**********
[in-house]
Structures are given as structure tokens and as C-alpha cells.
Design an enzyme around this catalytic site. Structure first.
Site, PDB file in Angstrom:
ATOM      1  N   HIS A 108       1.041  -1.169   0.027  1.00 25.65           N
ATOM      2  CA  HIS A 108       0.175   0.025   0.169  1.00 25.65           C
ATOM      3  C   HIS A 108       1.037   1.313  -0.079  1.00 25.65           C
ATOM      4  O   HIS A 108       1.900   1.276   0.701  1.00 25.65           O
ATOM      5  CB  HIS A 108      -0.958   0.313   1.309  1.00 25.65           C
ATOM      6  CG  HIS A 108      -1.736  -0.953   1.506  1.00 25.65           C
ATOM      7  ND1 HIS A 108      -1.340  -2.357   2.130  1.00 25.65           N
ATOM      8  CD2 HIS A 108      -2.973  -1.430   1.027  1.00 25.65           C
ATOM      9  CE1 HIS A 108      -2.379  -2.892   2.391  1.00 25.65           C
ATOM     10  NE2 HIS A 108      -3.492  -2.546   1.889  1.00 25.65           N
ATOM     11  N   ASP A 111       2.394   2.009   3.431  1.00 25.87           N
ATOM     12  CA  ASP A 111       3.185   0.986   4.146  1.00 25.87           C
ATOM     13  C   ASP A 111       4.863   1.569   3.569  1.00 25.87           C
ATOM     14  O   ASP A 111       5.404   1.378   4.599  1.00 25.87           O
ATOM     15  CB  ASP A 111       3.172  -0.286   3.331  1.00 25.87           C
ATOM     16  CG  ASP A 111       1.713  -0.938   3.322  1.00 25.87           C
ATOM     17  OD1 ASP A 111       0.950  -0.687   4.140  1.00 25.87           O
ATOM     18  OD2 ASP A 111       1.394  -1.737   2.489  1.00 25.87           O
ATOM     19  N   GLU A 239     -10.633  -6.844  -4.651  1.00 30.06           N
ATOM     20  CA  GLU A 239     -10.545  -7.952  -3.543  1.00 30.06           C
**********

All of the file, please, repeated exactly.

[in-house]
Structures are given as structure tokens and as C-alpha cells.
Design an enzyme around this catalytic site. Structure first.
Site, PDB file in Angstrom:
ATOM      1  N   HIS A 108       1.041  -1.169   0.027  1.00 25.65           N
ATOM      2  CA  HIS A 108       0.175   0.025   0.169  1.00 25.65           C
ATOM      3  C   HIS A 108       1.037   1.313  -0.079  1.00 25.65           C
ATOM      4  O   HIS A 108       1.900   1.276   0.701  1.00 25.65           O
ATOM      5  CB  HIS A 108      -0.958   0.313   1.309  1.00 25.65           C
ATOM      6  CG  HIS A 108      -1.736  -0.953   1.506  1.00 25.65           C
ATOM      7  ND1 HIS A 108      -1.340  -2.357   2.130  1.00 25.65           N
ATOM      8  CD2 HIS A 108      -2.973  -1.430   1.027  1.00 25.65           C
ATOM      9  CE1 HIS A 108      -2.379  -2.892   2.391  1.00 25.65           C
ATOM     10  NE2 HIS A 108      -3.492  -2.546   1.889  1.00 25.65           N
ATOM     11  N   ASP A 111       2.394   2.009   3.431  1.00 25.87           N
ATOM     12  CA  ASP A 111       3.185   0.986   4.146  1.00 25.87           C
ATOM     13  C   ASP A 111       4.863   1.569   3.569  1.00 25.87           C
ATOM     14  O   ASP A 111       5.404   1.378   4.599  1.00 25.87           O
ATOM     15  CB  ASP A 111       3.172  -0.286   3.331  1.00 25.87           C
ATOM     16  CG  ASP A 111       1.713  -0.938   3.322  1.00 25.87           C
ATOM     17  OD1 ASP A 111       0.950  -0.687   4.140  1.00 25.87           O
ATOM     18  OD2 ASP A 111       1.394  -1.737   2.489  1.00 25.87           O
ATOM     19  N   GLU A 239     -10.633  -6.844  -4.651  1.00 30.06           N
ATOM     20  CA  GLU A 239     -10.545  -7.952  -3.543  1.00 30.06           C